“My kids deserve something permanent,” Richardson said.
Affordable housing gap
Unable to find cheap market-rate housing, local and state wait lists for affordable housing are sometimes thousands of people long.
Affordable housing can be provided in many ways such as subsidized private development, governmentfunded housing and state or federally funded housing vouchers.
But despite state and federal investment, there is a gap: in Connecticut in 2018, 140,531 households were deemed “extremely low income” — $29,500 or less for a family of four in Bridgeport, or $42,100 or less in Stamford/Norwalk — but only 51,050 affordable rental units were available. That’s less than one affordable unit for every three extremely low-income households.
“It’s getting much more difficult to find housing,
even if you have a job and make decent money,” said Anthony Johnson, executive director of the Greenwich Housing Authority. “Places that used to be rentals have been torn down and turned into private homes. There are some new affordable buildings and other types of housing coming in, but the rate we’re losing them doesn’t match the rate they are being replaced at.”
Finding affordable housing is also a problem for people with higher incomes, such as those making up to 80 percent of the area median income. They, too, qualify for assistance.
In the New Haven area, that threshold is $73,520 for a family of four; in Bridgeport, $75,040; in Danbury, $93,040; and in Stamford/ Norwalk, $107,920, according to the Department of Housing’s 2018 income limits.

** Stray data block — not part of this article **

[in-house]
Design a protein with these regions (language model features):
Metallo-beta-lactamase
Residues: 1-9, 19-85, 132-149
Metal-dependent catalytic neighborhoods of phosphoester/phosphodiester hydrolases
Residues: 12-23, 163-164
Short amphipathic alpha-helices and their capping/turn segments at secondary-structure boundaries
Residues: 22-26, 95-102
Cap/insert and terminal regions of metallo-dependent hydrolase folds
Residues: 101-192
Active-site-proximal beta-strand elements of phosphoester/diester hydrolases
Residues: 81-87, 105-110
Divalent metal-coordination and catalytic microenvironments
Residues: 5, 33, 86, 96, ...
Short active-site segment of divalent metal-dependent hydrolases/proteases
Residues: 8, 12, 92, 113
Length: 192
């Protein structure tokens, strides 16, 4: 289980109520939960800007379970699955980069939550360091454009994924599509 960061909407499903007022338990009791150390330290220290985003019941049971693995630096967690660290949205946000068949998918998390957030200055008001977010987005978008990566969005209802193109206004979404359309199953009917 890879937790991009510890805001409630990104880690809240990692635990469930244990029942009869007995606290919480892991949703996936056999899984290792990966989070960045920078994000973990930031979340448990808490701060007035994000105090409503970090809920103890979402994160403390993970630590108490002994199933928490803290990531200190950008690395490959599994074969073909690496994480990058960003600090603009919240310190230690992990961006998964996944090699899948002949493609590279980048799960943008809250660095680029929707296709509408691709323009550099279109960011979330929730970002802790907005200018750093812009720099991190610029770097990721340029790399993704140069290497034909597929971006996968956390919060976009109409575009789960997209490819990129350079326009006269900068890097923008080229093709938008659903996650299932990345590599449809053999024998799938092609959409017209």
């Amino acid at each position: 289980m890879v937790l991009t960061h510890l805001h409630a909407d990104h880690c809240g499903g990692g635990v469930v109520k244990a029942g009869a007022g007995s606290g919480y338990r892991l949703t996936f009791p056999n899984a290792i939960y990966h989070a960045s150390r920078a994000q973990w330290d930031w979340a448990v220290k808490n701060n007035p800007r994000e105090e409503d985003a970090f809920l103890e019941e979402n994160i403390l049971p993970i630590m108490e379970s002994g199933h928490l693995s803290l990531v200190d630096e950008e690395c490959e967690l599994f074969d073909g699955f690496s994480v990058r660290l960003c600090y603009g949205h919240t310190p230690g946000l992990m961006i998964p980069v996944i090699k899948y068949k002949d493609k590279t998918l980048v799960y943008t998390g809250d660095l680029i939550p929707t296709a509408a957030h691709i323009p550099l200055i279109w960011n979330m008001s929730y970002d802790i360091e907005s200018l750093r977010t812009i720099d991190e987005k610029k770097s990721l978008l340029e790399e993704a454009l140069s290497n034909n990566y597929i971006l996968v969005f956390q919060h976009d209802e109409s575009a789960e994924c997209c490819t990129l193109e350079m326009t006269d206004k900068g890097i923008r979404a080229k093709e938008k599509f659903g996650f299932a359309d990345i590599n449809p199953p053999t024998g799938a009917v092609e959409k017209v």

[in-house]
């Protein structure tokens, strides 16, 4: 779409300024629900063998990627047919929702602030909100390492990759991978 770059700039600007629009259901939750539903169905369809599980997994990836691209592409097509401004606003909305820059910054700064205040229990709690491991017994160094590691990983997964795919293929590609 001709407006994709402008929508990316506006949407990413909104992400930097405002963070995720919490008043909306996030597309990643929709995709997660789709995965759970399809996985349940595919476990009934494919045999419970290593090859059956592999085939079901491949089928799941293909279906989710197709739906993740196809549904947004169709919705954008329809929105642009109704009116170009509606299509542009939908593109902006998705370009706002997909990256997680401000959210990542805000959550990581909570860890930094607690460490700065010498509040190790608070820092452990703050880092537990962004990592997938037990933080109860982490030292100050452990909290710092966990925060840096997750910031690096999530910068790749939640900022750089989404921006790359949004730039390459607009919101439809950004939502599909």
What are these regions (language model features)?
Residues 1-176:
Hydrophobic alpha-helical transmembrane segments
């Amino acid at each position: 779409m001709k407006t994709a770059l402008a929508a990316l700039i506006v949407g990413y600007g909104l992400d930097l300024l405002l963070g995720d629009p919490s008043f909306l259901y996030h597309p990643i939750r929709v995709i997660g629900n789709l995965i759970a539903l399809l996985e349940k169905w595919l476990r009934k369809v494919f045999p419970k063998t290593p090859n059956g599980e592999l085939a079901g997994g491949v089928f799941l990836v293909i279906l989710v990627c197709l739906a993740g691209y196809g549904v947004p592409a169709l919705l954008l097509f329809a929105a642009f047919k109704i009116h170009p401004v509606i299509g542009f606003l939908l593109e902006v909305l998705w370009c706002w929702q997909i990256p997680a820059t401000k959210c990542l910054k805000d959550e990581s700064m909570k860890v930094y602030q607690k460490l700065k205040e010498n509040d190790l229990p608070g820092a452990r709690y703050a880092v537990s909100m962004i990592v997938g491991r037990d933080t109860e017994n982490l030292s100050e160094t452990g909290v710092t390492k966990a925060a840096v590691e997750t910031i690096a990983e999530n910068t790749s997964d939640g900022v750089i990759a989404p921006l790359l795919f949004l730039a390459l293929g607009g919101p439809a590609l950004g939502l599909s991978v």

The people living in subsidized housing run the gamut, according to the executive director of the Fairfield and Westport housing authorities.
“We have folks that were homeless. We have frail elderly people. We have old and young folks that are employed,” Martin said. “We have town staff, singleincome families with two and three children ... we
really have everything.”
A place to call home
As for Franklin, she spent more than three years on a waiting list, during which time her concerns about living in the projects had not subsided. But with high demand for apartments and higher rents, she had only a few choices: find a shelter, burden a family member, or move to Roodner Court, a Norwalk housing project to which she’d been accepted.
With her children, Franklin moved into Roodner Court more than a decade ago and quickly found her ideas about public housing dispelled. She began making friends, leading regular cleanups of the hallways and grounds, taking leadership roles — she is a member of the Norwalk Fair Housing Advisory Commission and the Residents Advisory Board — and, most of all, discovering beauty in Roodner Court.
Franklin and her children were safe. They had a place to call home. In the projects, a sense of pride emerged.
“Having a home is important to me. I don’t want to wake up in the morning and find out I don’t have housing,” Franklin said. “It’s my address, it’s my home. Clean, dirty, whatever — it’s still my home.”
Roodner Court housing projects in Norwalk on Monday.